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Author puts Paddy Meehan on the case

CRIME writer Denise Mina’s choice of name for the heroine in her new book, The Field of Blood, will raise a few memories as well as eyebrows among the hack-pack, the legal eagles and the underworld.

For the "young journalist" is called Paddy Meehan.

"It’s Glasgow, 1981 and 18-year-old Paddy has just started work on a Scottish daily newspaper ..."

She is investigating a miscarriage of justice, which is a bold touch indeed as the real Paddy Meehan was "the most infamous miscarriage of justice" in Scotland in the past 50 years and the only man in Scotland in the last century to receive a Royal pardon.

Mina has been hailed as "the crown princess of crime fiction" and the London Times describes her as "Glasgow’s answer to Ian Rankin", but neither Mina nor Rankin, nor any other crime writer, would surely have the nerve to conjure up the tale of the real Paddy Meehan, "a peterman" convicted for the murder of Ayr pensioner Rachel Ross in 1969. Seven years later, Meehan was pardoned in a case that had walk-on parts for the likes of solicitors Joe Beltrami, Len Murray, his defence counsel, Sir Nicholas Fairbairn, QC, and Ludovic Kennedy. Ludo campaigned on Meehan’s behalf and his book A Presumption of Innocence so upset the legal establishment many reckoned that was why he was blackballed from Muirfield.

Meehan’s freedom was not the end of the tale. Embittered, obsessive and unbalanced by his experience, he claimed he had been set up by MI5 and turned against his legal team.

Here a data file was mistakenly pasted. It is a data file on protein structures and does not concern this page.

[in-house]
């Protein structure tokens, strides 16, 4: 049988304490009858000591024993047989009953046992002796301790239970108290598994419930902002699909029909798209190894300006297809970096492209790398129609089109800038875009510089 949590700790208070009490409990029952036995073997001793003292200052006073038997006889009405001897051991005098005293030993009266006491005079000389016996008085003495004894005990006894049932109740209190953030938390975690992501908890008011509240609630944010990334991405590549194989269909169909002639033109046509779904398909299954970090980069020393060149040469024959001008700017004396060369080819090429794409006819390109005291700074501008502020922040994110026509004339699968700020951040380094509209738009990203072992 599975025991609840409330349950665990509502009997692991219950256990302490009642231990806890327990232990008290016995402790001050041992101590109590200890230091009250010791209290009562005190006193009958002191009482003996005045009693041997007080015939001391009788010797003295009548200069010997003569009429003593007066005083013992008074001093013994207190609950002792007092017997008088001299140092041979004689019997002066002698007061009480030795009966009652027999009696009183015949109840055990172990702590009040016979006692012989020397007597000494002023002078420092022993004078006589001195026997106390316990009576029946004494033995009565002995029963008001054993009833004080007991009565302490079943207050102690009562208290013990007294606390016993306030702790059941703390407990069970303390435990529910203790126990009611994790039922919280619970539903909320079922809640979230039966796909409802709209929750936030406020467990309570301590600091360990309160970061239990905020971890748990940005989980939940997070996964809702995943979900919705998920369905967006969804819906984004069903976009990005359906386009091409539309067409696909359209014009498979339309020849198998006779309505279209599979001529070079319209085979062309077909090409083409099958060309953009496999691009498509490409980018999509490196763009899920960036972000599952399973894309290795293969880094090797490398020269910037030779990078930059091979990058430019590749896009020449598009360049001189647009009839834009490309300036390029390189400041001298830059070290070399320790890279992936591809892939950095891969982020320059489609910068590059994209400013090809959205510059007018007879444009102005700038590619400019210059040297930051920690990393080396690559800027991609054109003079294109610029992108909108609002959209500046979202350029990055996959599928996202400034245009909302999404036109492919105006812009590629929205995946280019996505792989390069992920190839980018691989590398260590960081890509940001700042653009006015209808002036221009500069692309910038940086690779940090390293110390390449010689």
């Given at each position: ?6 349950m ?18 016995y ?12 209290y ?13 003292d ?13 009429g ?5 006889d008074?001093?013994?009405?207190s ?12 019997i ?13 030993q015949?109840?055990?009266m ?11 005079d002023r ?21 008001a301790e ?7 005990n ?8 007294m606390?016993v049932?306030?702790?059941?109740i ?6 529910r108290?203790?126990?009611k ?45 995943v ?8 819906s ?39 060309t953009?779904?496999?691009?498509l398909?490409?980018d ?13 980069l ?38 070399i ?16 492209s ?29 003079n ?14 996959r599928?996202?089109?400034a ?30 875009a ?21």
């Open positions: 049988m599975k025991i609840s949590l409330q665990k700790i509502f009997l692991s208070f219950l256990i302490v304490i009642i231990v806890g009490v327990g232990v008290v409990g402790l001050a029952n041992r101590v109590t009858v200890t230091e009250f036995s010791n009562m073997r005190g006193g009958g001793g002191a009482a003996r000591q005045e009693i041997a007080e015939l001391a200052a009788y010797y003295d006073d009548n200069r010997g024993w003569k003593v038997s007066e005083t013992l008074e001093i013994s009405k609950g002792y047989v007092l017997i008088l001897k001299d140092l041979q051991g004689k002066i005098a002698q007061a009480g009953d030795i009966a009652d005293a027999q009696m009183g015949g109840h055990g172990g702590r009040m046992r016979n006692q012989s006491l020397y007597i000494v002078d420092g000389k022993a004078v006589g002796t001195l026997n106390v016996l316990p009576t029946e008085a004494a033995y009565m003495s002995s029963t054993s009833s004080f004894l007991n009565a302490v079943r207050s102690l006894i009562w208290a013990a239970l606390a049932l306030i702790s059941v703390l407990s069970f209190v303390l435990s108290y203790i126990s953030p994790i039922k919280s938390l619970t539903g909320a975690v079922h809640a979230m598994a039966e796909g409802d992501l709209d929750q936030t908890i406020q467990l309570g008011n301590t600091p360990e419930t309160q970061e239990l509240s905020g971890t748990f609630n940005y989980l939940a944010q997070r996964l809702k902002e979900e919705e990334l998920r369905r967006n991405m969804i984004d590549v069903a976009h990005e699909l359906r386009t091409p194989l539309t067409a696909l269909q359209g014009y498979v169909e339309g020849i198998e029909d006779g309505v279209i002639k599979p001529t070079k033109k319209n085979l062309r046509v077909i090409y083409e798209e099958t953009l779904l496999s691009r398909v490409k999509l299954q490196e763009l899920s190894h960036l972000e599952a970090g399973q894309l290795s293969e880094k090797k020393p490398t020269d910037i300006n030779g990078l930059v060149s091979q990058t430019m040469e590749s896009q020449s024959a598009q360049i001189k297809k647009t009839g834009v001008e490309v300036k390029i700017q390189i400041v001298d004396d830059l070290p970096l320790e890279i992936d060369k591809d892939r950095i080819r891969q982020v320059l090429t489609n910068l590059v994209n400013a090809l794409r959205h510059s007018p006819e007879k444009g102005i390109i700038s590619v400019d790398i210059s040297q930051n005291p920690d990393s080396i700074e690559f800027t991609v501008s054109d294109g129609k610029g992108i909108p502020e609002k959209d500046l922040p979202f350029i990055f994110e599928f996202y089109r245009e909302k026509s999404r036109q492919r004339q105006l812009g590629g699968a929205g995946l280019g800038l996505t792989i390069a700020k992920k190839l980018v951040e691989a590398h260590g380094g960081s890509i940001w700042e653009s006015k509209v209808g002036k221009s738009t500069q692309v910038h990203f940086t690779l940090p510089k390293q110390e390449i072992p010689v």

When Meehan died in 1994, Fairbairn had an astonishing, if not characteristic, outburst in The Scotsman where he described his former client as "a vagabond and I am glad he is dead. To hell with him. He was a psychopath, just a horrible, nasty, evil, loathsome crook".

This prompted a letter to the paper from Jimmy Boyle defending Meehan, whom he had come across in the "cages" in Inverness prison. As they say, you couldn’t make it up.

Making a pitch for iconic status

WHO else are the arbiters of post-modern tabloid culture than the Scotia Nostra who run Shed production.

The television company that makes Footballers’ Wives continues to surf along on the crest of the zeitgeist, with anybody who is anybody queuing up to make a guest appearance their show.

It is what turns a celebrity into an icon, as anybody can be a celebrity these days.

It used to be an appearance on The Archers, Ab Fab or The Simpsons that gave you kudos as a cut above the rest of the showbiz morass, but now its mingling with Chardonnay and the rest of the girls.

Jordan made it on to last season’s show while Victoria Beckham was in the one before. Now Richard and Judy have been booked for the next one.

"We thought it would be great," said Shed, "if one of the Wives actually learned to read and she could take part in their book club."

The already-filmed fourth series starts on Thursday.